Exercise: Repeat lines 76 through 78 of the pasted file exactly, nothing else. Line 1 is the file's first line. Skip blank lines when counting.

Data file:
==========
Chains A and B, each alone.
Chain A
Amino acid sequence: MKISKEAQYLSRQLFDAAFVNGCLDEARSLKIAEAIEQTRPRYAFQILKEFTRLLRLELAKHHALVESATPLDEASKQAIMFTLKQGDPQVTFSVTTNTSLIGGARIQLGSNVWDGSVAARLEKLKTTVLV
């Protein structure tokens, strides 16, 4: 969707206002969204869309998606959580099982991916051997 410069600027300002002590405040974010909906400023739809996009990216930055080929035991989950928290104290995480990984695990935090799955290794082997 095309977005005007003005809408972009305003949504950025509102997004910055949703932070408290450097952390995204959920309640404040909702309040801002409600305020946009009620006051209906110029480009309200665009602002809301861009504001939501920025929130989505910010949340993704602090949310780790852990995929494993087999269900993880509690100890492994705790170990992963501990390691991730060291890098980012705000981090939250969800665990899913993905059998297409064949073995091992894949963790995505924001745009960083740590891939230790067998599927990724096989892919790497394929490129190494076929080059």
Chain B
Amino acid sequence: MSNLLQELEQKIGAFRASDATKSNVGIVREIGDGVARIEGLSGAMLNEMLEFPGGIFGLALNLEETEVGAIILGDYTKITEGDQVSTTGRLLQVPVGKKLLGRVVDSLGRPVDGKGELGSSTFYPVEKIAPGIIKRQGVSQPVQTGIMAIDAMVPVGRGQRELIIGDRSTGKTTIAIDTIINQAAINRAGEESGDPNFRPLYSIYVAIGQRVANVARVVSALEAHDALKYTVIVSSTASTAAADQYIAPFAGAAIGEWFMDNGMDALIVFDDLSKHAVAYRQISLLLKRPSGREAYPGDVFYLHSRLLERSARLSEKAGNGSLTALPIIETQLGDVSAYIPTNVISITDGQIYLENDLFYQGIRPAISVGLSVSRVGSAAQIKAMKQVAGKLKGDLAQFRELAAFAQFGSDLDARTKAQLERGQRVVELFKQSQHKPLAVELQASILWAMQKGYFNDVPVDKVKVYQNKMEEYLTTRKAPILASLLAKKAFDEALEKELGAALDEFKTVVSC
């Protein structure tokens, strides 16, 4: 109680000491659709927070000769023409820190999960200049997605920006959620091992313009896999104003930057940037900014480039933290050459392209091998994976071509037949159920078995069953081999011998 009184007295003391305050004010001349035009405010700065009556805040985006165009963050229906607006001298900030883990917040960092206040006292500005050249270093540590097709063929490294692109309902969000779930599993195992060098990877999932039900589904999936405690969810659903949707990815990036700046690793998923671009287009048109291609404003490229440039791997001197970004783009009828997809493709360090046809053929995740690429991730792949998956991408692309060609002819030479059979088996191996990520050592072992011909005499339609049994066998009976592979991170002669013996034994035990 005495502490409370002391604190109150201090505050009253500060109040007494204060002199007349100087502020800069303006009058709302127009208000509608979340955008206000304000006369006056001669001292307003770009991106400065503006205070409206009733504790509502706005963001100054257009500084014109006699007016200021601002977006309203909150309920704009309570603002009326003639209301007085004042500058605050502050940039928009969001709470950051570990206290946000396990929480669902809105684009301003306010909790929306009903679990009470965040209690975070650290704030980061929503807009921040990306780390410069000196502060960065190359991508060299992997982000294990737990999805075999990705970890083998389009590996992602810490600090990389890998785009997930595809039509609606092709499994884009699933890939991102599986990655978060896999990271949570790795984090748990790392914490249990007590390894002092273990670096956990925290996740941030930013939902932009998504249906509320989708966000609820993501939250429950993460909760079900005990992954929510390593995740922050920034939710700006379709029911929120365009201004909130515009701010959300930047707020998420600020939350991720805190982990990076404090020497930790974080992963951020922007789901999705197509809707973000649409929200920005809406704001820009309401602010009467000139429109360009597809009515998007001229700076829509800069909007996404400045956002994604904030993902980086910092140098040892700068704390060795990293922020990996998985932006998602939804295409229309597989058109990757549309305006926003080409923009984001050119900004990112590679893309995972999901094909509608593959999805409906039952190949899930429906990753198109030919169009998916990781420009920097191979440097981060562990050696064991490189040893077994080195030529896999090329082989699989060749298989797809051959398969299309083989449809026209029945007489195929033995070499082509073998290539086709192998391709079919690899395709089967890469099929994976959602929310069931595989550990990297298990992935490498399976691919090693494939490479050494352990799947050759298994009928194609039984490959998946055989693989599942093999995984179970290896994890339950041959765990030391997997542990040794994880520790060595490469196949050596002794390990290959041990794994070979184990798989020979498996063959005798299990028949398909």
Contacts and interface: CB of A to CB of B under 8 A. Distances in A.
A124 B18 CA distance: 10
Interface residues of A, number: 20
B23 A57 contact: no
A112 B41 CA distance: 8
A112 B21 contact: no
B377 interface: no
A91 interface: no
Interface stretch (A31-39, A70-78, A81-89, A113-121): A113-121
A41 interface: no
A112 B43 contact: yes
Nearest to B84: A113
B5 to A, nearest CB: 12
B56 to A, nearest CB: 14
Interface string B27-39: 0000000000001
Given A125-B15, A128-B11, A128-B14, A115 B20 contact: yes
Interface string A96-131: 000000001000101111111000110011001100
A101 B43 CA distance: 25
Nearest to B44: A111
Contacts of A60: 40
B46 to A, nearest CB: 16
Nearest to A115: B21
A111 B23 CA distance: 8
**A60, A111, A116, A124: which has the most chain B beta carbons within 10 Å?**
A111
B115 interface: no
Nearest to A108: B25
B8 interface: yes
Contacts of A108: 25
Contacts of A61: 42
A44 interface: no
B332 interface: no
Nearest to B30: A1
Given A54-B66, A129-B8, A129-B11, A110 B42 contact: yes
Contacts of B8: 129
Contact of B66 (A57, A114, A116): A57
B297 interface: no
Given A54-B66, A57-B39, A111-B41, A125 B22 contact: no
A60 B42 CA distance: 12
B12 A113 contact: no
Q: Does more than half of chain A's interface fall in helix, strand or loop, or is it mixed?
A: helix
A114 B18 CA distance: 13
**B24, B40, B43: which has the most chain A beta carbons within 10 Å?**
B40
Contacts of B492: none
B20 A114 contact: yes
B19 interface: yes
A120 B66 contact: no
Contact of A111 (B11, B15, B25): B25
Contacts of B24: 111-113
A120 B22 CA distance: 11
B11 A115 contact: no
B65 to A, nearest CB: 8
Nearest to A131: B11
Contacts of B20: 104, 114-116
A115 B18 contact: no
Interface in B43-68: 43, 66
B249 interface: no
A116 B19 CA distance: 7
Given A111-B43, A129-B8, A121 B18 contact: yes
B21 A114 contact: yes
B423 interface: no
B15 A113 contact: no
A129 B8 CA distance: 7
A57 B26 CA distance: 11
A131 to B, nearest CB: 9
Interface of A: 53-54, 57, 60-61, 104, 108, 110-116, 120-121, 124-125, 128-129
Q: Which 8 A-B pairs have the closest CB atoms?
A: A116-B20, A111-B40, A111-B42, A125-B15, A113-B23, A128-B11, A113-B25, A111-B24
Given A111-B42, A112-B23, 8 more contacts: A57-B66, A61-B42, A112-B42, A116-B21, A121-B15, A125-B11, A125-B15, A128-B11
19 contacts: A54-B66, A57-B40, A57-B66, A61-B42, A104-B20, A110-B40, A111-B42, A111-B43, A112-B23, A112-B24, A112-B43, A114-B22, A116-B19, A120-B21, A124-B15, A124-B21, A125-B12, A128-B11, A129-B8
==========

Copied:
Q: Which 8 A-B pairs have the closest CB atoms?
A: A116-B20, A111-B40, A111-B42, A125-B15, A113-B23, A128-B11, A113-B25, A111-B24
Given A111-B42, A112-B23, 8 more contacts: A57-B66, A61-B42, A112-B42, A116-B21, A121-B15, A125-B11, A125-B15, A128-B11